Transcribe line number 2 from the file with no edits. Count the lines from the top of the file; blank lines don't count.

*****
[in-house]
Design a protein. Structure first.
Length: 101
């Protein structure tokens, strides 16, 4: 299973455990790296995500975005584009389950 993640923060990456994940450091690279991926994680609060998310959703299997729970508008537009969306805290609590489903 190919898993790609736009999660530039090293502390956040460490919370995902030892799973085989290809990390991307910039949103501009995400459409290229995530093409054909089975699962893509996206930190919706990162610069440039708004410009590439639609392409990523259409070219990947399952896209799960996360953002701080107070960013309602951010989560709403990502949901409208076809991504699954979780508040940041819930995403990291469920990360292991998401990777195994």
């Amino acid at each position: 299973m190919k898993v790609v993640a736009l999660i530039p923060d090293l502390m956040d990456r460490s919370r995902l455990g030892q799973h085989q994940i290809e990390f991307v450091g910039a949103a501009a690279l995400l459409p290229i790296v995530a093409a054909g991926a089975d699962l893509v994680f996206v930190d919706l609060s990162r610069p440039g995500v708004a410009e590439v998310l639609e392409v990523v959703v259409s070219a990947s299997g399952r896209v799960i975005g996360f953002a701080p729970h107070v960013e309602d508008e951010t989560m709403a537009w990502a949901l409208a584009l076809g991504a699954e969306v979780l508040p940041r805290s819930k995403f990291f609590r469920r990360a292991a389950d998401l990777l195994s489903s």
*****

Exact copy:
Design a protein. Structure first.